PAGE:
According to its website, the mission of the Environmental Protection Agency is to “protect public health and the environment.” When the agency tries to do its job, it often runs into opposition led by special interests, private lobbyists, corporate apologists, and congressional representatives, all of whom have their own agenda, which has nothing to do with public health or the environment and everything to do with the millions (if not billions) of dollars made annually from their products.
The agency’s effort to regulate formaldehyde, a known human carcinogen that is commonly used in building materials found in most homes, is a classic case study in corporate influence and control of the agency’s work.
EPA began its process to regulate formaldehyde in compressed wood products in 2008, seven years ago. Its proposed rules, released for public comment on June, 2013, did not seek to ban formaldehyde, but rather to set exposure limits and establish testing standards for products sold in the U.S. Learn more about the EPA’s proposed rules for formaldehyde emissions from composite wood products.
Three times over the next two years, EPA reopened its public comment period to allow more public comment, most recently in May 2014. EPA has yet to release its final regulations with the latest timeline estimated to be sometime in the fall.
A story in the New York Times chronicled the delays in the agency’s efforts to regulate formaldehyde, a substance with clear public health risks. The article described the influence of the big furniture companies on Washington who in turn pressured EPA. It told of the actions of special interest such as the American Chemistry Council who challenged the agency’s determination that formaldehyde is a carcinogen. And it described the role of the White House Office of Management and Budget in evaluating the costs and benefits of the proposed regulation.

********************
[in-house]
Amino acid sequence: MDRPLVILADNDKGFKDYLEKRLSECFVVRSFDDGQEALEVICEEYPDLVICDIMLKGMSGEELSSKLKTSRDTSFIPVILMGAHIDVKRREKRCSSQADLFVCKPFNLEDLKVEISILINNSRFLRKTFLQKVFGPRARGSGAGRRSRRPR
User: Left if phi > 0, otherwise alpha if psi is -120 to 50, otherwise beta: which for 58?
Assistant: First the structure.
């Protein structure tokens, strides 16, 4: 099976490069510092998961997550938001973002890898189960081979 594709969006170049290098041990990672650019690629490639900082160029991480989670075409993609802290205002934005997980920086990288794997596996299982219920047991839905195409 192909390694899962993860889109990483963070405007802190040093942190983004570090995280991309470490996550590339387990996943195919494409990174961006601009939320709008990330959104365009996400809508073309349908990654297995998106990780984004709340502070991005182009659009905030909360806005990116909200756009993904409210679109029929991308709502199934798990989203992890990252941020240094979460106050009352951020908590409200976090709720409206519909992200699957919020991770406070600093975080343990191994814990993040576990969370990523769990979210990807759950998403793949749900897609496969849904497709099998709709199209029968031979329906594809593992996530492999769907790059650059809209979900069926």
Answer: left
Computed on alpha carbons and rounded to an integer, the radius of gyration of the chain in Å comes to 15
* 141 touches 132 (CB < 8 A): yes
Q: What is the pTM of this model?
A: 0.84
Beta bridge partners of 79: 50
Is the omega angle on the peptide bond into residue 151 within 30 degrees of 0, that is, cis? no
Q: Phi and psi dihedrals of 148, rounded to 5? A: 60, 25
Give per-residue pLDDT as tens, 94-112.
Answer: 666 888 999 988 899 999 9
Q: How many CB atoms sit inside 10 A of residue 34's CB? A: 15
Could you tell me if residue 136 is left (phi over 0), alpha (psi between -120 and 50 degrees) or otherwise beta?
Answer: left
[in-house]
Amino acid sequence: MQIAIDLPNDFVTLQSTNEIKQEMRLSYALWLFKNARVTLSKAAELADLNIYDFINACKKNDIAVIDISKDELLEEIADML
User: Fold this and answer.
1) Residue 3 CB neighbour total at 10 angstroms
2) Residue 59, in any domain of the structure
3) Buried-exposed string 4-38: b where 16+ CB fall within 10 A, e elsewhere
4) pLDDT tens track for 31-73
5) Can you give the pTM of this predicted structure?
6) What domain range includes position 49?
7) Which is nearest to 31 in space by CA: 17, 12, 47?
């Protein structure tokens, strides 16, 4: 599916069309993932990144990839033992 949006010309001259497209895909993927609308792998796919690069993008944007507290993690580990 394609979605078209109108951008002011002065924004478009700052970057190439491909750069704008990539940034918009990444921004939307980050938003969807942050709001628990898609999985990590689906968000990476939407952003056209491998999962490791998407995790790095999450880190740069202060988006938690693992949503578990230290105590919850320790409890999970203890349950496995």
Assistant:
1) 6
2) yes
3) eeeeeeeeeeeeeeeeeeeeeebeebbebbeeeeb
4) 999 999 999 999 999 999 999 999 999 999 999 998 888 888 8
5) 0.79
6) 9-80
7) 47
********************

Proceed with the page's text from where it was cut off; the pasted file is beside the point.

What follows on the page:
What gets lost in the hyperbole and grandstanding over costs and jobs is the fact that formaldehyde is a nasty chemical that is a known human carcinogen, that affects the central nervous system and that can damage the respiratory system, causing difficulty in breathing including asthma as well as eye, nose, and throat irritation. At best this proposed regulation will attempt to define an “acceptable” level of formaldehyde vapors coming off pressed-wood products, such as particleboard, plywood, and fiberboard; glues and adhesives; permanent-press fabrics; paper product coatings; and certain insulation materials.
This is EPA’s version of protecting public health and the environment, agreeing with corporate interests after a tortured “public” process to a risk assessment that defines “acceptable” levels of risk that the public has to endure while the companies continue to earn their profits. The general public that has to live with formaldehyde fumes coming off wood products is not likely to see it this way. They might prefer that the agency try to figure out how much risk it can avoid, rather than how much is “acceptable.” But then if the EPA did that, then the influence imposed by the companies who make billions every year selling formaldehyde products might not be so critical.